BY SHANKARI CHANDRAN
At a recent parents’ drinks, I was asked by a mother whether I had made my daughter do any practice NAPLAN* tests. Naturally, I lied like the relaxed mummy that I most certainly am not.
This week my little Prima (aged 8 ) has NAPLAN. It’s her first brush with standardised education and also mine, as a parent.
More importantly, it’s a reminder to myself that Prima might not make the standards set by others or myself.
You see, I can “do” most forms of standardised testing (except reverse parallel parking tests). All you have to do is tell me what the expected standard is, point me in the right direction, and like a greyhound, I will mindlessly chase after the mechanical rabbit. I can’t help it; it’s some weird Pavlovian reaction.
During the Christmas holidays, I printed off a NAPLAN test from the site and I asked Prima to do it. I returned 45 minutes later to find that she had answered a handful of questions and then illustrated the rest of the exam booklet beautifully.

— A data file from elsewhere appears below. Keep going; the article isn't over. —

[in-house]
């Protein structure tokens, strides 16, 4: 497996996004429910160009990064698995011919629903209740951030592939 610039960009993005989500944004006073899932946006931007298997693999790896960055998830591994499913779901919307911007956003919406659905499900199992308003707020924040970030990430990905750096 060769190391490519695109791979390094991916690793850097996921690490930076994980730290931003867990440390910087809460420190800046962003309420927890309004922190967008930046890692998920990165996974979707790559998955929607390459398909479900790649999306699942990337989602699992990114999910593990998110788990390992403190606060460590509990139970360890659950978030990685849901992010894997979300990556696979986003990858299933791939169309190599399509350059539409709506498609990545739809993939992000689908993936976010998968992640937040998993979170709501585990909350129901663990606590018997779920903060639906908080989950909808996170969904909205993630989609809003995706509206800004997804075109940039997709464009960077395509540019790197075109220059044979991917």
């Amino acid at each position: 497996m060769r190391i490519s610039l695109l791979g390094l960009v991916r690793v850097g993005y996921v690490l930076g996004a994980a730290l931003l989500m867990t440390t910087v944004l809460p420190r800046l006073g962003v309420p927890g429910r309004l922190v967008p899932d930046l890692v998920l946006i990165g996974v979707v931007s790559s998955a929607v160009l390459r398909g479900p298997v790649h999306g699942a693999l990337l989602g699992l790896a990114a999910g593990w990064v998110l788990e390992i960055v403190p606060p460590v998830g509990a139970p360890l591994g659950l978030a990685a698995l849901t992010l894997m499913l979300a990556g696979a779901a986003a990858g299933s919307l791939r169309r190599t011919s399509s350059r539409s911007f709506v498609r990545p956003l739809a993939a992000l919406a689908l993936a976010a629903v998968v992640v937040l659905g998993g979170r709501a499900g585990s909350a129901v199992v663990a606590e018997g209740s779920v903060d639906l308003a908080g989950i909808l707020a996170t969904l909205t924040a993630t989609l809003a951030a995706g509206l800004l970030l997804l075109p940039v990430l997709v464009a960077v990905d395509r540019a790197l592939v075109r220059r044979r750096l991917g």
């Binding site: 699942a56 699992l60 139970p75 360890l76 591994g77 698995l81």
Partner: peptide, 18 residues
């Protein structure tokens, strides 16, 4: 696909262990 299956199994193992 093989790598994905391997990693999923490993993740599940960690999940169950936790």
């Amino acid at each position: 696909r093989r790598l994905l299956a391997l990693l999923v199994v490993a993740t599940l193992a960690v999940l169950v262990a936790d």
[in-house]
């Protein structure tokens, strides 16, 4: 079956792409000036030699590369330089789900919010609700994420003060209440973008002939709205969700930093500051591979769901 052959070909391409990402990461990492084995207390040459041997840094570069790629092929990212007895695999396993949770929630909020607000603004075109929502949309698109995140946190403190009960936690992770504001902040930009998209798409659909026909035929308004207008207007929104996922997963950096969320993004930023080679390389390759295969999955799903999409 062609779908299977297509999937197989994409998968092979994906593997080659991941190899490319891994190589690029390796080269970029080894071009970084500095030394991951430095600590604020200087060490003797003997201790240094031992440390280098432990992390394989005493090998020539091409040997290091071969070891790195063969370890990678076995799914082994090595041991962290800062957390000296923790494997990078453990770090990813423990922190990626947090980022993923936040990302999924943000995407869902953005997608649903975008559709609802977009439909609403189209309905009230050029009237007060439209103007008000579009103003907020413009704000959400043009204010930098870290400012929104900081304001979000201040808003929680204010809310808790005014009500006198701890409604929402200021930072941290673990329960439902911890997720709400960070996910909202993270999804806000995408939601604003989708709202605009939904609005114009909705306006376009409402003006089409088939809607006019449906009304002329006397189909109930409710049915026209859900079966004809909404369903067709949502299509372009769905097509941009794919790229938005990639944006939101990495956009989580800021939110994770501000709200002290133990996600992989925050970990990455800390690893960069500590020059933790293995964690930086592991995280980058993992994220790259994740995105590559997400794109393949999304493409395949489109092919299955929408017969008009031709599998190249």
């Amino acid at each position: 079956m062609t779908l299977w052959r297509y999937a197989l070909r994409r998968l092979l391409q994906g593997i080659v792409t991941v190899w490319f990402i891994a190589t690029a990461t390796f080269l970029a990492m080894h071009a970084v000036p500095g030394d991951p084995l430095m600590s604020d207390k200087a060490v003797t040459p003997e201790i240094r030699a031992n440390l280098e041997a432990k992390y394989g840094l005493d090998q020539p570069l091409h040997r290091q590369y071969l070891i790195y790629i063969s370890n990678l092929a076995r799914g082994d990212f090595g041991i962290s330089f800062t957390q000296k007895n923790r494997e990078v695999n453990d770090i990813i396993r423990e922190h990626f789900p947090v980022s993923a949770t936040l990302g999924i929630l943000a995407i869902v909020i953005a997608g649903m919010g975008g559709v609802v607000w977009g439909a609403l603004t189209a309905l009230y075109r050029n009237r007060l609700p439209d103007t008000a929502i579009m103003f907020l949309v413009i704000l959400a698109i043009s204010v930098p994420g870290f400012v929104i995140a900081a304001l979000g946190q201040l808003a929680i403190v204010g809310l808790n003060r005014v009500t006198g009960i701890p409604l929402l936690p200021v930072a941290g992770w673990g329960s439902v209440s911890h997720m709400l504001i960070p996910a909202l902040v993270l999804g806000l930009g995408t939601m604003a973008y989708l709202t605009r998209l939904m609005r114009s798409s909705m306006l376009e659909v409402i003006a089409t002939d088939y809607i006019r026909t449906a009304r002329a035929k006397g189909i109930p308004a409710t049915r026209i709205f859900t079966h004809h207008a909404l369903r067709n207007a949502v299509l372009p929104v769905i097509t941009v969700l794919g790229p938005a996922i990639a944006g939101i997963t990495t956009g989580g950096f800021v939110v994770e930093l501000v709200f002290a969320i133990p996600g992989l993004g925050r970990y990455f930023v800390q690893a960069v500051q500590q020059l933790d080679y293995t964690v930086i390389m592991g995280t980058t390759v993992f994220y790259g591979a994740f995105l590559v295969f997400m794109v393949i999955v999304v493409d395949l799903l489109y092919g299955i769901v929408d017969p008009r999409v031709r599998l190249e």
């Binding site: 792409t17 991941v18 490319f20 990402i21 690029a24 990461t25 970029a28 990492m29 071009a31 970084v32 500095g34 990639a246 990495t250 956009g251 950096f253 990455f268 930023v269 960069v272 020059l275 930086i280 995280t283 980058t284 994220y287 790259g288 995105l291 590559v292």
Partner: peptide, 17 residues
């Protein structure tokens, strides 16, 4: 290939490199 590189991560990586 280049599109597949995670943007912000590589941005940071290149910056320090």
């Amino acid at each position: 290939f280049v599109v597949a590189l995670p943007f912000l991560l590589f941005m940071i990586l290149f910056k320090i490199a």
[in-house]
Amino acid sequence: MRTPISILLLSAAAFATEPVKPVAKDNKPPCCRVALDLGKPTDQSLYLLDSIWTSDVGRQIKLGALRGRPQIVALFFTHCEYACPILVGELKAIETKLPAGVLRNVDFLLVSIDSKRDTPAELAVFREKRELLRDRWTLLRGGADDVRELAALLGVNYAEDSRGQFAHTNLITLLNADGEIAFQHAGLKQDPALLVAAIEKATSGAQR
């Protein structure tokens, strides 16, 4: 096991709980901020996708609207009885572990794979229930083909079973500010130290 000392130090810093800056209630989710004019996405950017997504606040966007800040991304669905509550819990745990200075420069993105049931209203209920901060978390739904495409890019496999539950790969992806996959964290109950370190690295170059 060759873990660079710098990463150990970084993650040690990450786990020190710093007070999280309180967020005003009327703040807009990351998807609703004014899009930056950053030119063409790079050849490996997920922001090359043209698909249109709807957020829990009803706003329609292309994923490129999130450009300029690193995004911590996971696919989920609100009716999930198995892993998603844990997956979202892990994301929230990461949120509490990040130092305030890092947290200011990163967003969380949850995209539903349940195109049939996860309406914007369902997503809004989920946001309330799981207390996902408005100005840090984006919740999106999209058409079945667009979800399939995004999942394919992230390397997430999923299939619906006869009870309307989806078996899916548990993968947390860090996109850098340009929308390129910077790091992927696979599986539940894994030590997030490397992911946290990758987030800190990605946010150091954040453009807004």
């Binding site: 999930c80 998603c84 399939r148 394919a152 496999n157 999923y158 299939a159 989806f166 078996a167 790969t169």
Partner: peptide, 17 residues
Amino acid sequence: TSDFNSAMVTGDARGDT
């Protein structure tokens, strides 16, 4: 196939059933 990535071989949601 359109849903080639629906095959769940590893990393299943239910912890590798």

I’ve had years of life coaching (courtesy of a former employer) to control the over-anxious achiever within me and to “learn a new and more constructive dialogue with myself and others”. For example, I almost religiously repeat the following mantra to my children:
-Your marks are not important;
– It’s about doing your best not being The Best;
– It’s about being the best you can be, not being The Best;
– Mummy will be happy if you try your hardest (alternatively insert “best”);
– Learning and having fun is the most important thing Mummy wants.
I wonder if my children sense I am faking it; that despite what I say, their grades really do matter to me. To put this into context, my (fully extended) family and community (you know who you are) are the kind of people who: